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Old 09-11-2014, 01:07 PM   #1
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Fleetwood Owners Club
Join Date: May 2013
Location: St Charles, Missouri
Posts: 175
Selecting right brake buddy system

I am getting ready to switch over from using tow dolly to find a right car to flat tow. Have been researching for right, looks like there many options and thanks for your recommendations. My next step after selection the right car is the right braking system.
I have a 2004 Fleetwood Excursion with diesel engine. I have heard with diesel engine and air braking system I don't need a separate brake system (brake buddy). Is this true? if it is how does it work?
If it is not true, how do I go about selecting the right buddy system. My tow car may be Jeep, or ford focus.


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Old 09-11-2014, 01:42 PM   #2
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Monaco Owners Club
Join Date: Aug 2008
Location: Las Vegas
Posts: 228
To be legal, you will need to have some kind of braking system for your toad. We went 8 years without one on our Jeep Grand Cherokee but just recently purchased the "RVi brake" (little over a grand) just to be legal. I can't tell any difference in the braking distance or time but almost every state requires brakes on anything you tow weighing over a couple thousand pounds.

Many use either their electrical or air system from their Coach to activate the actual brakes in the tow vehicle and that is probably the best and easiest way to go but it cost more and you would have to have your next tow vehicle converted for that system to work with it.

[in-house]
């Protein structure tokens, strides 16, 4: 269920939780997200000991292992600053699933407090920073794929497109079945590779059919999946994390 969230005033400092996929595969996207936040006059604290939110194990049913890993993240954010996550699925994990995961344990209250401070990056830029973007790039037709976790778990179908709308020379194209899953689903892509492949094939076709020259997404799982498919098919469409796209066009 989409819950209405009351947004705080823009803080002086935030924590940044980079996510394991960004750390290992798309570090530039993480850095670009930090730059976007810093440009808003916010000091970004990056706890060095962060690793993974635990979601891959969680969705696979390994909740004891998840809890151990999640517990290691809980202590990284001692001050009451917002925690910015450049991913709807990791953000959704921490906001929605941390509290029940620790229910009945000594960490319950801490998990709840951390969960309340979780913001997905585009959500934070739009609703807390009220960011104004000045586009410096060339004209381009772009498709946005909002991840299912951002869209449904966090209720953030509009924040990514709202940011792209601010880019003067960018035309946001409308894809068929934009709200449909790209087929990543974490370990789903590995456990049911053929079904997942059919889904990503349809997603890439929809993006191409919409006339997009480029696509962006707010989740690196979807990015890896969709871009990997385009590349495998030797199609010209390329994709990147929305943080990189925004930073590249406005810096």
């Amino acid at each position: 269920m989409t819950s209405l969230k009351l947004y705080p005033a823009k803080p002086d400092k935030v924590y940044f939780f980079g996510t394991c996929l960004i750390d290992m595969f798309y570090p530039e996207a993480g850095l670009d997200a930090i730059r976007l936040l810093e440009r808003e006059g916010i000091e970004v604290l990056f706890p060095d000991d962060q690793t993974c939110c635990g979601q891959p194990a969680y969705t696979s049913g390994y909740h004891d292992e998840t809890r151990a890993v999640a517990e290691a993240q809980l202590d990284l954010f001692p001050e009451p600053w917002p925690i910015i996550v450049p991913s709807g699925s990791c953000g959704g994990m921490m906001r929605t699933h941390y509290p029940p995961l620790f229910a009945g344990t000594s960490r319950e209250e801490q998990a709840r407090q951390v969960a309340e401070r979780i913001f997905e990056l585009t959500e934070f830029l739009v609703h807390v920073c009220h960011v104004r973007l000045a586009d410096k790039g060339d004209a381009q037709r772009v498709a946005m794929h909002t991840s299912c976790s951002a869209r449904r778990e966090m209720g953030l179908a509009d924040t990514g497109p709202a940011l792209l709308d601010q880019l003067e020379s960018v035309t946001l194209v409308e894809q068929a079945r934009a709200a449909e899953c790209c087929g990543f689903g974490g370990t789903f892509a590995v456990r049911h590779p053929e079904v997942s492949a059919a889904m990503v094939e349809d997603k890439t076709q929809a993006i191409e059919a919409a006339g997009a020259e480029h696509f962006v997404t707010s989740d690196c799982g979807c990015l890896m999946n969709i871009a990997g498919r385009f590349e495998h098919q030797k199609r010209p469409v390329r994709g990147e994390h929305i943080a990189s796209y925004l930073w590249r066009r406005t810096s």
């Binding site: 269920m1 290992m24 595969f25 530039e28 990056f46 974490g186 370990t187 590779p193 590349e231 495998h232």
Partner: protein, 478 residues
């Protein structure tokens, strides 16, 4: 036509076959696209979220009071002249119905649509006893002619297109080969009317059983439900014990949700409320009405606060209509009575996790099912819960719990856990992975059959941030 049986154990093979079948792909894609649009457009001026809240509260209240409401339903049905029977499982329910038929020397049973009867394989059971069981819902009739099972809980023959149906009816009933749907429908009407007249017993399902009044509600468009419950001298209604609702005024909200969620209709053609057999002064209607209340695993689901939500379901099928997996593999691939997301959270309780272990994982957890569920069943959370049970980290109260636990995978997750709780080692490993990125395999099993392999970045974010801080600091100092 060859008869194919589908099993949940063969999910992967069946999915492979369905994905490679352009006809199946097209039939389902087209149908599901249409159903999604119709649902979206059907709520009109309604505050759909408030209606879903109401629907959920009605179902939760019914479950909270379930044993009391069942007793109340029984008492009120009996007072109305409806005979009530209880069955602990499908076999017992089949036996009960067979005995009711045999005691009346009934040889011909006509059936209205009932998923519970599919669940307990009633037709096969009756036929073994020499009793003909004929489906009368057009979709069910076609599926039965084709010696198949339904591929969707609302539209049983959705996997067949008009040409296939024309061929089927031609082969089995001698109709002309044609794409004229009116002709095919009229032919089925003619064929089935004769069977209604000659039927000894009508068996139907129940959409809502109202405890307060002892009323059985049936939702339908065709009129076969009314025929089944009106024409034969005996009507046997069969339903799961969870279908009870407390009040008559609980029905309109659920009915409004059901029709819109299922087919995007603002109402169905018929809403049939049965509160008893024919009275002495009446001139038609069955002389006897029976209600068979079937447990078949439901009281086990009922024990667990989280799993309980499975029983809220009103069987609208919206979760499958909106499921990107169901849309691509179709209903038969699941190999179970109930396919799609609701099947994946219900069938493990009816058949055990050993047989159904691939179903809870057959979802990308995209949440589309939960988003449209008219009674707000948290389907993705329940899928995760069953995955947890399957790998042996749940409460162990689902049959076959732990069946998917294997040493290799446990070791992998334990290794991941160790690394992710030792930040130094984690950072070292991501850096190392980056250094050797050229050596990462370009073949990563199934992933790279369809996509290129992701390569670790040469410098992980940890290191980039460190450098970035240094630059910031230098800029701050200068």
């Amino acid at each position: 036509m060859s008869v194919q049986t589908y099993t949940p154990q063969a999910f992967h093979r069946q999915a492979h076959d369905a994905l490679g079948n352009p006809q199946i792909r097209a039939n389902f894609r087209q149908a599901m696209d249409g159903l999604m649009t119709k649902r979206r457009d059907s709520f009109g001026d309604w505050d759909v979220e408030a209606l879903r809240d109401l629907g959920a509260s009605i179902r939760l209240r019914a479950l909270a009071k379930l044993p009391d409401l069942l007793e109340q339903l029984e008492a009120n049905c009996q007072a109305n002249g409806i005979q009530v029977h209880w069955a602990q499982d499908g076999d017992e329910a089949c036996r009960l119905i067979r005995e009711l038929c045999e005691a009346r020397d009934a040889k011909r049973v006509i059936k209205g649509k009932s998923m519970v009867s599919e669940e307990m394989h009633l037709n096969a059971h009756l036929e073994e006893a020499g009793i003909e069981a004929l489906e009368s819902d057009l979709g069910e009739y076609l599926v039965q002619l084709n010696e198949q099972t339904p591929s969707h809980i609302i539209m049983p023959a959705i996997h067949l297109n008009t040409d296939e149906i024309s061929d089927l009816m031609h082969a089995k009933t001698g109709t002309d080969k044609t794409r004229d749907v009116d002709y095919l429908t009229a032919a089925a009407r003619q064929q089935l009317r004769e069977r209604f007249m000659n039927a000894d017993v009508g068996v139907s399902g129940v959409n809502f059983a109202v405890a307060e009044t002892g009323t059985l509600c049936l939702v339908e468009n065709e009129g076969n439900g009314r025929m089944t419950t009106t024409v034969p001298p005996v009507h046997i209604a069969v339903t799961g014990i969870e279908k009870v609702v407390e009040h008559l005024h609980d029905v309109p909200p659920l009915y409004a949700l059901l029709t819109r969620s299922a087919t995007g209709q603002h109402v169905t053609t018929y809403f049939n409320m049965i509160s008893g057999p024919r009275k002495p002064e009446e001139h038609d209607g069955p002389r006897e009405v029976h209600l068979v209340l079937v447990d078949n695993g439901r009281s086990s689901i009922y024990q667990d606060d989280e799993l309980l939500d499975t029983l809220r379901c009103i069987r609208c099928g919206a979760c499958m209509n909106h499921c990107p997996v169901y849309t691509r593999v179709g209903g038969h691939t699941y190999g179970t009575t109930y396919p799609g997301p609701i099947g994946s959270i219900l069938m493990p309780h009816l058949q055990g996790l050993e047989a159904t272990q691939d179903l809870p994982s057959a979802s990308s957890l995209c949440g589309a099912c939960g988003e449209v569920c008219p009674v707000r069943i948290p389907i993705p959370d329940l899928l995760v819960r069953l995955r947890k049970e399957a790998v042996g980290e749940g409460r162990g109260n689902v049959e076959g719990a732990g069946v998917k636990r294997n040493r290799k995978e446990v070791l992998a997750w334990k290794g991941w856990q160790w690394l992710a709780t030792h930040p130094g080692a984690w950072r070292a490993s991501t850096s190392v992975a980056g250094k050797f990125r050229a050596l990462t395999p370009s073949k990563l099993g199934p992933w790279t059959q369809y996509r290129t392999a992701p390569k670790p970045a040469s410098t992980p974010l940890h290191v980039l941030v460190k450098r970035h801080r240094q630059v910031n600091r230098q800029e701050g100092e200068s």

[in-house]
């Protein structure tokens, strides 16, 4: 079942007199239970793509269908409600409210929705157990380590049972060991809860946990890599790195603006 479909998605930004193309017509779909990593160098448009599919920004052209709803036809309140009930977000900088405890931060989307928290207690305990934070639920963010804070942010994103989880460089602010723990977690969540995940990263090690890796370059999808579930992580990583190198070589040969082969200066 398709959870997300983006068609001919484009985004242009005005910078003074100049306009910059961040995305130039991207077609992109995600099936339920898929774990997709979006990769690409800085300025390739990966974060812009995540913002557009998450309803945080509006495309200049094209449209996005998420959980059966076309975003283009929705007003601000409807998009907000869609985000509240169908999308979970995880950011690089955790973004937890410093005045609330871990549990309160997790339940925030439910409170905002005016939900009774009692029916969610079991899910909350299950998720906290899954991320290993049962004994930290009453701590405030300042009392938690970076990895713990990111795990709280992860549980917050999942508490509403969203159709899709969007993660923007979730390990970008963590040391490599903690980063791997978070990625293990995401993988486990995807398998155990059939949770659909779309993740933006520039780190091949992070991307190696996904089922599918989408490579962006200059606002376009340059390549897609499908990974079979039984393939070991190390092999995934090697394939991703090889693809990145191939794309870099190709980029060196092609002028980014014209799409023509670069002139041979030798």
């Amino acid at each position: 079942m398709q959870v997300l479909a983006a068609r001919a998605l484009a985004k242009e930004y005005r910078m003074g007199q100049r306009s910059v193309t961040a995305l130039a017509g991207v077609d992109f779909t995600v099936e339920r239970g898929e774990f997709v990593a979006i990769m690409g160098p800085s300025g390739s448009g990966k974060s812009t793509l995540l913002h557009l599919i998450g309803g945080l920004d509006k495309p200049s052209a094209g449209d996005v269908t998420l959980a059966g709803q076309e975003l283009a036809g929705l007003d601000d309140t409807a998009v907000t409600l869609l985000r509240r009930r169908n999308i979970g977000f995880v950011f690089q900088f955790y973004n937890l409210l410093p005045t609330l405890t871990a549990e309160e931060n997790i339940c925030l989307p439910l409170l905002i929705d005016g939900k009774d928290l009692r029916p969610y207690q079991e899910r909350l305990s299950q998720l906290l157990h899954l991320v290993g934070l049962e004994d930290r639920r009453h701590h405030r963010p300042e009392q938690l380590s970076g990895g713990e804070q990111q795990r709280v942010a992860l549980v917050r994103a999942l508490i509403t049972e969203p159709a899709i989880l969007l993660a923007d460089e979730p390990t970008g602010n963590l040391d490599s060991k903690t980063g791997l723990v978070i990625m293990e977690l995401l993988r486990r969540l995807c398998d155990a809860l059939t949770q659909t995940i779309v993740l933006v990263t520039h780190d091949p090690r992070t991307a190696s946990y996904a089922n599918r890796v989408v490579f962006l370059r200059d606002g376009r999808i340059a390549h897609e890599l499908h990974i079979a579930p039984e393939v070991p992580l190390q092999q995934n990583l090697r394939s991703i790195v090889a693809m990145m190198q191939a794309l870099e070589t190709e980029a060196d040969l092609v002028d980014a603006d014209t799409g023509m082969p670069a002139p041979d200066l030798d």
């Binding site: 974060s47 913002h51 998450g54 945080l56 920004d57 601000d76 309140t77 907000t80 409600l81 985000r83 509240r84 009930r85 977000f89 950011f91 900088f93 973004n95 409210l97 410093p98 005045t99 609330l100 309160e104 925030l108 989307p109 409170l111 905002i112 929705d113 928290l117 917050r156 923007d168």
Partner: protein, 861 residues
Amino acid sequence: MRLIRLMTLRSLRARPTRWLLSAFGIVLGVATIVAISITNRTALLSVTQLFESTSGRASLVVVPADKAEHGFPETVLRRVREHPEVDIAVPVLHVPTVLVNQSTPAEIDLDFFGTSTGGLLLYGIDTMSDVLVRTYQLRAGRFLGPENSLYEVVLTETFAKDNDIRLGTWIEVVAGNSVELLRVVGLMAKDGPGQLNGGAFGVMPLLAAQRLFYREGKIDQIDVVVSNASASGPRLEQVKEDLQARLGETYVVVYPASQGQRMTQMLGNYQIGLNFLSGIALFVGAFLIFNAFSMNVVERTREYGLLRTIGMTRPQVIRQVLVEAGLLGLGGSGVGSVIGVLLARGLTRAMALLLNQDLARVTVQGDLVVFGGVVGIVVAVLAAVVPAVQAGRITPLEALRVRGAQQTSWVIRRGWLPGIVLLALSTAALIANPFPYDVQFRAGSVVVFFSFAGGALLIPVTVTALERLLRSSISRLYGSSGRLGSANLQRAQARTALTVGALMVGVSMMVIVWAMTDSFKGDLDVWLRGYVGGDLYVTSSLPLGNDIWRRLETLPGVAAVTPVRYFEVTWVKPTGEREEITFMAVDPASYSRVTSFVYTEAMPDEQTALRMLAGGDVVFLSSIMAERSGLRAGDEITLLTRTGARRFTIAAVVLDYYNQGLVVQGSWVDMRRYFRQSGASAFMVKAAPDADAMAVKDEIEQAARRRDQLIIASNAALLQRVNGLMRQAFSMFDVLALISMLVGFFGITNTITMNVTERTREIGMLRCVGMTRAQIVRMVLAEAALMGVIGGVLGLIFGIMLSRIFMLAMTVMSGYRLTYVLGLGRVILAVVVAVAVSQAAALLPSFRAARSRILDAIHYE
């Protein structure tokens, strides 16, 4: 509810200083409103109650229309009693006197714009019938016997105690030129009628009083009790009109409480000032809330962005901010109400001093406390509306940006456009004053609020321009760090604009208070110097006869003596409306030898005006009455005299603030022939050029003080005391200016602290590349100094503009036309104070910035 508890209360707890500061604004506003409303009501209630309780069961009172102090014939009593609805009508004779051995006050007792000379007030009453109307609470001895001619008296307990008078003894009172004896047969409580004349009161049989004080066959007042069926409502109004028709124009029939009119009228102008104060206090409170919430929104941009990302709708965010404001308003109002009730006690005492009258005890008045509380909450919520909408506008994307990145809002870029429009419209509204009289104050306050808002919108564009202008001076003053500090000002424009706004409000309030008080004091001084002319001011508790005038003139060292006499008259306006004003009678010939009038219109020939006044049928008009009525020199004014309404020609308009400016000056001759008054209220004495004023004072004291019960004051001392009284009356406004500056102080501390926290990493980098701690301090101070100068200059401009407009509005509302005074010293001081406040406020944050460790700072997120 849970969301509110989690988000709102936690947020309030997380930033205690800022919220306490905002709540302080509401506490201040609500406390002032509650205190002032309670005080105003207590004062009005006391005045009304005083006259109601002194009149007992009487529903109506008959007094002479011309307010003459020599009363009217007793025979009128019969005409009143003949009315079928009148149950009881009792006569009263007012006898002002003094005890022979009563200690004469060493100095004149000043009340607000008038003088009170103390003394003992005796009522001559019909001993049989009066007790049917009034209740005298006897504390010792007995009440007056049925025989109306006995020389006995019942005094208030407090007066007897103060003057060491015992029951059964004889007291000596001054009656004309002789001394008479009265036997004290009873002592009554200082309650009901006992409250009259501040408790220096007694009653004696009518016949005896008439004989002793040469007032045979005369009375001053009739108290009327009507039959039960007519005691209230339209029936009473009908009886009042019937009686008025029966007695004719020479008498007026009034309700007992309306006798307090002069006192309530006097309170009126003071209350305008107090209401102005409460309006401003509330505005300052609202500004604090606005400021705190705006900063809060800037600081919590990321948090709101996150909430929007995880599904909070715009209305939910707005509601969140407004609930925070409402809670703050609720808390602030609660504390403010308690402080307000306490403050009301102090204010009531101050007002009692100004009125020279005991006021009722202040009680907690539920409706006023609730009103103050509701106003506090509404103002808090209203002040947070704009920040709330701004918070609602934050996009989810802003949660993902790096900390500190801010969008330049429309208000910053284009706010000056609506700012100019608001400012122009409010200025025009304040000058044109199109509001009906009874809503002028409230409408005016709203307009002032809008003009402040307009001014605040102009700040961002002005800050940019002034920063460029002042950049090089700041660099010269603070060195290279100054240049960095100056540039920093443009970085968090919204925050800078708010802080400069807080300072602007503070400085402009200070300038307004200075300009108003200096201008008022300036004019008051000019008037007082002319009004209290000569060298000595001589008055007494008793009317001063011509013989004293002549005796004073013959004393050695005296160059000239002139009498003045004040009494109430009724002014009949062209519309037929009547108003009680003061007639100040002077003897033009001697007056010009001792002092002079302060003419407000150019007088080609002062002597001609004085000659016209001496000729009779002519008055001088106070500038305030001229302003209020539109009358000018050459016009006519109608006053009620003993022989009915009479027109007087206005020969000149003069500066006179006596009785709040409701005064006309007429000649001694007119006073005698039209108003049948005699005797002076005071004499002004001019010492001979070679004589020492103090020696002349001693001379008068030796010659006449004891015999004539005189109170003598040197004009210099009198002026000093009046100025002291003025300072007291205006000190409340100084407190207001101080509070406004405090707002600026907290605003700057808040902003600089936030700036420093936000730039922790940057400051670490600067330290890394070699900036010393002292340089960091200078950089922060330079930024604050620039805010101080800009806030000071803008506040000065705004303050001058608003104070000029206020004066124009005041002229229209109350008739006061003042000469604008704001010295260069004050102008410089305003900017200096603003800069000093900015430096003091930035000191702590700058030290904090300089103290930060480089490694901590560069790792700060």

With a "RVi brake" (or brake buddy) you can easily move it to any car you are towing and it's hooked up in about 1 minute. I think the RVi brake is easier and better but neither of them really are that efficient in my opinion they just get you legal. I have seen brake buddy on craigs list for around $500

Good Luck in your decision on what to go with.



2007 Monaco Camelot 42' PDQ
2013 Lincoln MKX - Roadmaster Falcon 2 - RVi brake - TireSafe Guard TPMS
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Old 09-11-2014, 01:56 PM   #3
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Join Date: Jun 2012
Location: Mobile, Alabama
Posts: 53
There are lots of supplemental braking systems out there. Some tap into your air brakes and use that to brake the tow. Others (like mine) are placed between the brake peddle and the drivers seat. We have the Patriot. If I had to replace mine, I would consider the new DeltaForce by AirForceOne as it is smaller. I'm sure you will get a lot of feedback on this topic. My Patriot only required the breakaway switch to be mounted and the plugin wire to be run into the tow for plugging into the Patriot.
Some systems require a more involved installation.
Kenny and Joan with Westie Sophie
2013 34' Tiffin Allegro RED
Freightliner, Cummins ISB6.7 340
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Old 09-13-2014, 06:13 PM   #4
Country Coach Owners Club
Join Date: Nov 2013
Posts: 42
I took the easy way because I'm basically lazy. I bought a Brakemaster by Roadmaster for two reasons. First, my neighbor had one so I figured he could help me with mine if I ever had an issue. Second, the sales guy said it's mechanical and unlike the newer electronic systems they just seem to work and have less technical issues. Of course you need to have it plumbed into your coach air system.

2003 Country Coach Allure
2008 Ford Edge
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Old 09-13-2014, 06:17 PM   #5
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Join Date: Jul 2012
Posts: 1,074
I would encourage you to use the search window at the top of each page. This will reveal a lot of previous discussion on mandatory braking systems. Short answer .... get one, use it, have fun.
George R. - Fulltiming since January '03
2007 Newmar Mountain Aire 3991
2012 Chevy Malibu LT1
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